are
interested in improved privacy. So maybe it should be called Security
Profile for
DHCPv6? I think this approach does not change anything from technical
perspective,
but simply frames the solution better. Described that way it may also be
easier to
accept to people who may afraid we want to force everyone to encrypt
everything
everywhere. It's just a suggestion to consider, I don't insist on it if
authors or the WG
disagree.

[LS]: Kathleen Moriarty also proposes this problem. She suggested us to
have opportunistic security as mandatory to implement. Otherwise, the
reader
will think that it's not pointing to a practical implementable RFC.
Maybe another way is Tomek's suggestion, changing the name of the draft.
In this way, there will be less issues.

4. Tomek: I mentioned that I was concerned with the possibility of clients
and servers
getting “junk” is a security concern as someone could generate bad packets
with
encrypted data and send them to clients and servers in the hope to crash
the either
when they try to decrypt and then process junk. Tomek suggested we might
want to
think about whether to add some magic value to the first few bytes of a
message
before encrypting it and then the decrypter can check those first few bytes
to see if
they are value and discard the message if not. Perhaps the encoding from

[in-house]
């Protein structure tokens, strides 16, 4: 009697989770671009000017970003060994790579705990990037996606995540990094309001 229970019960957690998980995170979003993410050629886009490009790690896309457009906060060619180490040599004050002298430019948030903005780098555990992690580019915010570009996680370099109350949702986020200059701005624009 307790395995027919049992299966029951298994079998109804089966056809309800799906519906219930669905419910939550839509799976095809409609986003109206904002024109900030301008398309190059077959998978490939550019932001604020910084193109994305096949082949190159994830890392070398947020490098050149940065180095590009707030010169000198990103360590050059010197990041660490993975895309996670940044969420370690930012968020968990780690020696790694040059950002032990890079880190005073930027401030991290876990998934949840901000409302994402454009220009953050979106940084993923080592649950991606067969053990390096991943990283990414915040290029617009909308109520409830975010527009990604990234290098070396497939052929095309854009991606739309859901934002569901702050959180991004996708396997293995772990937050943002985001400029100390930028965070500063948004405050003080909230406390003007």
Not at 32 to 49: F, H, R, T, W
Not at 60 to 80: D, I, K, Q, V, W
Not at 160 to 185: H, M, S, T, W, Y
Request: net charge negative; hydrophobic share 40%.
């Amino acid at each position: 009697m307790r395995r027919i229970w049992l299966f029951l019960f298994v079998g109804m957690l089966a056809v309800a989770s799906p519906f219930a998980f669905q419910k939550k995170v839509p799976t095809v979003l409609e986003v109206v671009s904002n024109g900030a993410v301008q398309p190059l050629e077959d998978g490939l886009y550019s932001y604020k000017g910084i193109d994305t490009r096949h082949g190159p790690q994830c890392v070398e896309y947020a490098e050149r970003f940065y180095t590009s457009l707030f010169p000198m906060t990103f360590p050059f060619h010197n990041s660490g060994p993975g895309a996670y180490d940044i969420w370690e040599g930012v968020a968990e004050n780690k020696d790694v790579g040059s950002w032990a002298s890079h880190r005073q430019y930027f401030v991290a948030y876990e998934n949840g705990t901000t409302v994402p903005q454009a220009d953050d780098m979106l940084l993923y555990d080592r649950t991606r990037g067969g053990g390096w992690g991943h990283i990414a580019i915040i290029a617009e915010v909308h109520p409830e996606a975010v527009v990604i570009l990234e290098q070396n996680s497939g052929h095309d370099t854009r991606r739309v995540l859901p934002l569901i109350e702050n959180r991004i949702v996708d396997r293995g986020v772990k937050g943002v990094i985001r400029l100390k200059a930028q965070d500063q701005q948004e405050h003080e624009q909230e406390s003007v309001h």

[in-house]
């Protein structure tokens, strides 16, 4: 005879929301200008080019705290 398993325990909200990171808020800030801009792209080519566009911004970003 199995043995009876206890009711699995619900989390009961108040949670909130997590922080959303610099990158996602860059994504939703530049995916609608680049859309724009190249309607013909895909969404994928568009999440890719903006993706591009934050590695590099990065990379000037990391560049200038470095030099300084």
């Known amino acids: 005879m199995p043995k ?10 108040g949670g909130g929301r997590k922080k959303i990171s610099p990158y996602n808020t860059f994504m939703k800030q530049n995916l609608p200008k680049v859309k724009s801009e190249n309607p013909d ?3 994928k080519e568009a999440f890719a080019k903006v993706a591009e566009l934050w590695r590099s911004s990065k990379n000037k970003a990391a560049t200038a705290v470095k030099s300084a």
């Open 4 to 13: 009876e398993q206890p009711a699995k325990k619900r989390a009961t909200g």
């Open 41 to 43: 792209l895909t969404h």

RFC5652
would accomplish this if we are using more than just the encryptedContent?
Anyway,
something to think about.

[LS]: According to Sten Carlsen's comments, there is no other method than
careful
programming and careful testing with deliberate intent to find weak spots.
I think that it is a general problem for encryption, not the specific
problem for
secure DHCPv6.

5. Tomek: "After the decryption, it handles the message as per 3315". I'm
not a
security expert by any stretch of that word, so excuse my naive question.
Anyway,
can you always detect that the decryption was a success or failure? Some
decryption
techniques will produce output, even when the key is incorrect, but the
output will be
an almost random garbage. Can the mechanism defined in RFC5652 always
reliably
conclude the decoding operation was success/failure? If not, I'm afraid
that asking
clients and server to decode random garbage will break some implementations.

[LS]: I also think that it is a general security problem. Looking forward
to the guidance
from some security experts.

6. Bernie: Regarding the reference of RFC5652, check in with Stephen to
get more clarity on what pieces are applicable?

[LS]: Looking forward to the guidance from some security experts.

Looking forward to all the comments and guidance. Thanks in advance.

Best Regards,
Lishan